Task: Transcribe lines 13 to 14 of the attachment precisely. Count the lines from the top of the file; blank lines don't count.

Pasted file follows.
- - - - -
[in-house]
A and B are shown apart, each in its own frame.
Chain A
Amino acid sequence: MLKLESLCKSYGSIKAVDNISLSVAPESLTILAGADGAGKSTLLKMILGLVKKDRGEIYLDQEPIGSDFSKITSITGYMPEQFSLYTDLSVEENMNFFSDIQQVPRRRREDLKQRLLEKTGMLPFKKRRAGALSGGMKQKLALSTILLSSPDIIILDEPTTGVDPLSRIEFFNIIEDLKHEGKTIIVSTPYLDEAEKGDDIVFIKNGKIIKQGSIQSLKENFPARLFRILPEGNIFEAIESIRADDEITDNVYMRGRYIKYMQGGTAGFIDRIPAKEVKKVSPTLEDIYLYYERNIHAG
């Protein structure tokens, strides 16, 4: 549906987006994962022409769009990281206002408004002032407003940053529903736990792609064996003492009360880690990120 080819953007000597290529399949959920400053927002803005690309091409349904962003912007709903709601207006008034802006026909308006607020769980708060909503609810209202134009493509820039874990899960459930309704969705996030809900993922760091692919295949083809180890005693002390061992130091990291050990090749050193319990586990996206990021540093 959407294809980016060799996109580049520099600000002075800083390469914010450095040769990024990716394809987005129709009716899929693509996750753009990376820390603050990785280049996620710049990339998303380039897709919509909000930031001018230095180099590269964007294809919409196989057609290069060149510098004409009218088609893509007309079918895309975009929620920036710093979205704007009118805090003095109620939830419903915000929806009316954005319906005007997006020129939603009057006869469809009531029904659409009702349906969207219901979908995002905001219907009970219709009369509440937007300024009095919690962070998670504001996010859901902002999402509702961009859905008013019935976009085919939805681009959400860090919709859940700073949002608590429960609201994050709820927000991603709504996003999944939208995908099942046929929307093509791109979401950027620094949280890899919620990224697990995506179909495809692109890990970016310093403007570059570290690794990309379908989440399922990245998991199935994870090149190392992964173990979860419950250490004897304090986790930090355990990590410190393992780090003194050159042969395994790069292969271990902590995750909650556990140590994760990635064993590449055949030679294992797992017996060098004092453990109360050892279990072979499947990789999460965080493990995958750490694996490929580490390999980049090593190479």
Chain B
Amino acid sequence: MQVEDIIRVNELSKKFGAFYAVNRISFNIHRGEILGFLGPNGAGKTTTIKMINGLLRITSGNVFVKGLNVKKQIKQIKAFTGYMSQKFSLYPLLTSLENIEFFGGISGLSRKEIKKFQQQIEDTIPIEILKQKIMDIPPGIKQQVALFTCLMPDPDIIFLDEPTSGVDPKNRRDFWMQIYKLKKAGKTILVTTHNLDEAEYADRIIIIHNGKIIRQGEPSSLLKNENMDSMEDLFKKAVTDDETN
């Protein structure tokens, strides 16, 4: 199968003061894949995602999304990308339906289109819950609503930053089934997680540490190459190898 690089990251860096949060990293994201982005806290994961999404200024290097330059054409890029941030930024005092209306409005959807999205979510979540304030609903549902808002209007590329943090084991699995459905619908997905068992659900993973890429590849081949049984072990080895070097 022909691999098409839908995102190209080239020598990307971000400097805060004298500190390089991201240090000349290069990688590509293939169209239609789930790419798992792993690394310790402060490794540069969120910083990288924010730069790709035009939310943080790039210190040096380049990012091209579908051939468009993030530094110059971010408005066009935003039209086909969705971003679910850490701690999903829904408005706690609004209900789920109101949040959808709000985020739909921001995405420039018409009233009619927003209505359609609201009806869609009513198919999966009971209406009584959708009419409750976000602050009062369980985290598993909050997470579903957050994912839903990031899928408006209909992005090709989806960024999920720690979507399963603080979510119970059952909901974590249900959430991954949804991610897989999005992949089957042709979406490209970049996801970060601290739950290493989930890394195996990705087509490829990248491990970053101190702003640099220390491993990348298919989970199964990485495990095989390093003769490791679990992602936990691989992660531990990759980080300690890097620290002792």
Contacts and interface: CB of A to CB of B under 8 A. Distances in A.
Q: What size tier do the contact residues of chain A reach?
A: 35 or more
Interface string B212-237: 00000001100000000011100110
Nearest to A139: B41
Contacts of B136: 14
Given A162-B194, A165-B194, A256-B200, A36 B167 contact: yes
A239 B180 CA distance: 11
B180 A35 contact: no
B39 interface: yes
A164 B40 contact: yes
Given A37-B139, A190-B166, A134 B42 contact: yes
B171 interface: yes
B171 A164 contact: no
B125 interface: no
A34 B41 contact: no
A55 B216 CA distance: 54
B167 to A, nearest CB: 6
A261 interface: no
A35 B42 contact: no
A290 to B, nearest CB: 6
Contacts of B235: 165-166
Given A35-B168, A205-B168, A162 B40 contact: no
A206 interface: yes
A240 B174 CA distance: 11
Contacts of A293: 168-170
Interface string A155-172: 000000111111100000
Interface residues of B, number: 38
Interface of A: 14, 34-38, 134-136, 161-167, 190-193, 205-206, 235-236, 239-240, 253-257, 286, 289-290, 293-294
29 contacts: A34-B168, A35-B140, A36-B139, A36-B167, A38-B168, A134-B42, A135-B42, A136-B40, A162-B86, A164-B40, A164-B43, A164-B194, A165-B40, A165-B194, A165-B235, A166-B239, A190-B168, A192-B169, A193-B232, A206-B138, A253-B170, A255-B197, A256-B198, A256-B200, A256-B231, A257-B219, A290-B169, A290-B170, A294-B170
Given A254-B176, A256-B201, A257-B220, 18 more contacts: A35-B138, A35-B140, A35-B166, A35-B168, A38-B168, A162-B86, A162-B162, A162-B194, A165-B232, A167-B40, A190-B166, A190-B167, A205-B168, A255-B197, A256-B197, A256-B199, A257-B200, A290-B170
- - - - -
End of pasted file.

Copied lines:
Nearest to A139: B41
Contacts of B136: 14